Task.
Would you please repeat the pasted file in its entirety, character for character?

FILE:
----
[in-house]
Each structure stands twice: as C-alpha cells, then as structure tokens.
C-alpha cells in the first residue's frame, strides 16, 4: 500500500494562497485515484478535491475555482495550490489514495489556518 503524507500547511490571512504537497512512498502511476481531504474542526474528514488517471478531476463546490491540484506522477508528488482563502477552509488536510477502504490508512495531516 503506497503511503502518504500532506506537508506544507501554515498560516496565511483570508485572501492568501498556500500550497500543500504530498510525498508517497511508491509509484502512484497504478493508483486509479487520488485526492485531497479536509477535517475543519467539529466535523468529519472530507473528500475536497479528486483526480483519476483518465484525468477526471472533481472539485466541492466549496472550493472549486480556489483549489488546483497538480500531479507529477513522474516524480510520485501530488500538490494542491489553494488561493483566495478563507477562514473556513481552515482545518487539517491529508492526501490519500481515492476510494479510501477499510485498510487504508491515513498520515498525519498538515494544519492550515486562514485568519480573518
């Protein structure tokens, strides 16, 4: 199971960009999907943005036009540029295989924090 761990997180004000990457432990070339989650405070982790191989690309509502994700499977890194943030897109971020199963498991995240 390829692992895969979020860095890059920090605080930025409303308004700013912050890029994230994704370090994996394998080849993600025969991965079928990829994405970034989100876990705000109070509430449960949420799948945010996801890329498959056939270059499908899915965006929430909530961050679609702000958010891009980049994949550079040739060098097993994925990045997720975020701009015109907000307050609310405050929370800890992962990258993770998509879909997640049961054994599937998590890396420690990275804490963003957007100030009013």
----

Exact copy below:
[in-house]
Each structure stands twice: as C-alpha cells, then as structure tokens.
C-alpha cells in the first residue's frame, strides 16, 4: 500500500494562497485515484478535491475555482495550490489514495489556518 503524507500547511490571512504537497512512498502511476481531504474542526474528514488517471478531476463546490491540484506522477508528488482563502477552509488536510477502504490508512495531516 503506497503511503502518504500532506506537508506544507501554515498560516496565511483570508485572501492568501498556500500550497500543500504530498510525498508517497511508491509509484502512484497504478493508483486509479487520488485526492485531497479536509477535517475543519467539529466535523468529519472530507473528500475536497479528486483526480483519476483518465484525468477526471472533481472539485466541492466549496472550493472549486480556489483549489488546483497538480500531479507529477513522474516524480510520485501530488500538490494542491489553494488561493483566495478563507477562514473556513481552515482545518487539517491529508492526501490519500481515492476510494479510501477499510485498510487504508491515513498520515498525519498538515494544519492550515486562514485568519480573518
């Protein structure tokens, strides 16, 4: 199971960009999907943005036009540029295989924090 761990997180004000990457432990070339989650405070982790191989690309509502994700499977890194943030897109971020199963498991995240 390829692992895969979020860095890059920090605080930025409303308004700013912050890029994230994704370090994996394998080849993600025969991965079928990829994405970034989100876990705000109070509430449960949420799948945010996801890329498959056939270059499908899915965006929430909530961050679609702000958010891009980049994949550079040739060098097993994925990045997720975020701009015109907000307050609310405050929370800890992962990258993770998509879909997640049961054994599937998590890396420690990275804490963003957007100030009013």